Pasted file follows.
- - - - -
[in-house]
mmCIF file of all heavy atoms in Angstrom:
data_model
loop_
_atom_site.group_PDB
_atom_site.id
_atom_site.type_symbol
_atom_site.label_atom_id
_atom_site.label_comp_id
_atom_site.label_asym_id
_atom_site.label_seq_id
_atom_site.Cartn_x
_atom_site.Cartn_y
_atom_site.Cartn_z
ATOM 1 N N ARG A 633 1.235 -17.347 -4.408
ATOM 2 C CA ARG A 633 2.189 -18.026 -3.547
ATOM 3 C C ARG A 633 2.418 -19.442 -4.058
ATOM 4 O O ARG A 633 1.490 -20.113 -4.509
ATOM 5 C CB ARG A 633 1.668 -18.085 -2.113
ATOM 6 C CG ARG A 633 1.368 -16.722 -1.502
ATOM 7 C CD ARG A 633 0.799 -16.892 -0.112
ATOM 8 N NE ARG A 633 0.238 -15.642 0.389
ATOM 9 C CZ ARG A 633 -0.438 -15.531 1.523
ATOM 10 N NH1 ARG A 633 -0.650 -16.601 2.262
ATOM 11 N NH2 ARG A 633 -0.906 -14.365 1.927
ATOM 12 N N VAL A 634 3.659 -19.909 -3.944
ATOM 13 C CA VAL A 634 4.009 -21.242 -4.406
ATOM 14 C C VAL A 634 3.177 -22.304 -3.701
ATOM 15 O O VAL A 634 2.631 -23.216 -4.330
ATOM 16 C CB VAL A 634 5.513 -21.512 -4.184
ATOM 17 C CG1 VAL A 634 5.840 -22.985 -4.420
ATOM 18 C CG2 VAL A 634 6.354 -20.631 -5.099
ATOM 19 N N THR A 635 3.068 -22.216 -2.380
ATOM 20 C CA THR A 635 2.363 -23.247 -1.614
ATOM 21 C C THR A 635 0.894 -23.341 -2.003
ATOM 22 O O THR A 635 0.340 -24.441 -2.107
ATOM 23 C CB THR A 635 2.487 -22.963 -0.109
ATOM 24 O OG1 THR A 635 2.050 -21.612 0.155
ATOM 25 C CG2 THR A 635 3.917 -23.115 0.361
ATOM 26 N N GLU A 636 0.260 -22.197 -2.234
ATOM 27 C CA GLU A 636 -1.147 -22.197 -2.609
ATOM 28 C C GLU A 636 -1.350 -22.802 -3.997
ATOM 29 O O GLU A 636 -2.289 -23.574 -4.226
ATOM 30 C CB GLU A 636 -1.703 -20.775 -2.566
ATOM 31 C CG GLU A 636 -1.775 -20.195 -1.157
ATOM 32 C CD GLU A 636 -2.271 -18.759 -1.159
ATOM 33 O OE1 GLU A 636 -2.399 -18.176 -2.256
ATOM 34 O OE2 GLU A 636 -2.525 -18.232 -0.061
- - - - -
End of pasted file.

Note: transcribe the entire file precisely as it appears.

[in-house]
mmCIF file of all heavy atoms in Angstrom:
data_model
loop_
_atom_site.group_PDB
_atom_site.id
_atom_site.type_symbol
_atom_site.label_atom_id
_atom_site.label_comp_id
_atom_site.label_asym_id
_atom_site.label_seq_id
_atom_site.Cartn_x
_atom_site.Cartn_y
_atom_site.Cartn_z
ATOM 1 N N ARG A 633 1.235 -17.347 -4.408
ATOM 2 C CA ARG A 633 2.189 -18.026 -3.547
ATOM 3 C C ARG A 633 2.418 -19.442 -4.058
ATOM 4 O O ARG A 633 1.490 -20.113 -4.509
ATOM 5 C CB ARG A 633 1.668 -18.085 -2.113
ATOM 6 C CG ARG A 633 1.368 -16.722 -1.502
ATOM 7 C CD ARG A 633 0.799 -16.892 -0.112
ATOM 8 N NE ARG A 633 0.238 -15.642 0.389
ATOM 9 C CZ ARG A 633 -0.438 -15.531 1.523
ATOM 10 N NH1 ARG A 633 -0.650 -16.601 2.262
ATOM 11 N NH2 ARG A 633 -0.906 -14.365 1.927
ATOM 12 N N VAL A 634 3.659 -19.909 -3.944
ATOM 13 C CA VAL A 634 4.009 -21.242 -4.406
ATOM 14 C C VAL A 634 3.177 -22.304 -3.701
ATOM 15 O O VAL A 634 2.631 -23.216 -4.330
ATOM 16 C CB VAL A 634 5.513 -21.512 -4.184
ATOM 17 C CG1 VAL A 634 5.840 -22.985 -4.420
ATOM 18 C CG2 VAL A 634 6.354 -20.631 -5.099
ATOM 19 N N THR A 635 3.068 -22.216 -2.380
ATOM 20 C CA THR A 635 2.363 -23.247 -1.614
ATOM 21 C C THR A 635 0.894 -23.341 -2.003
ATOM 22 O O THR A 635 0.340 -24.441 -2.107
ATOM 23 C CB THR A 635 2.487 -22.963 -0.109
ATOM 24 O OG1 THR A 635 2.050 -21.612 0.155
ATOM 25 C CG2 THR A 635 3.917 -23.115 0.361
ATOM 26 N N GLU A 636 0.260 -22.197 -2.234
ATOM 27 C CA GLU A 636 -1.147 -22.197 -2.609
ATOM 28 C C GLU A 636 -1.350 -22.802 -3.997
ATOM 29 O O GLU A 636 -2.289 -23.574 -4.226
ATOM 30 C CB GLU A 636 -1.703 -20.775 -2.566
ATOM 31 C CG GLU A 636 -1.775 -20.195 -1.157
ATOM 32 C CD GLU A 636 -2.271 -18.759 -1.159
ATOM 33 O OE1 GLU A 636 -2.399 -18.176 -2.256
ATOM 34 O OE2 GLU A 636 -2.525 -18.232 -0.061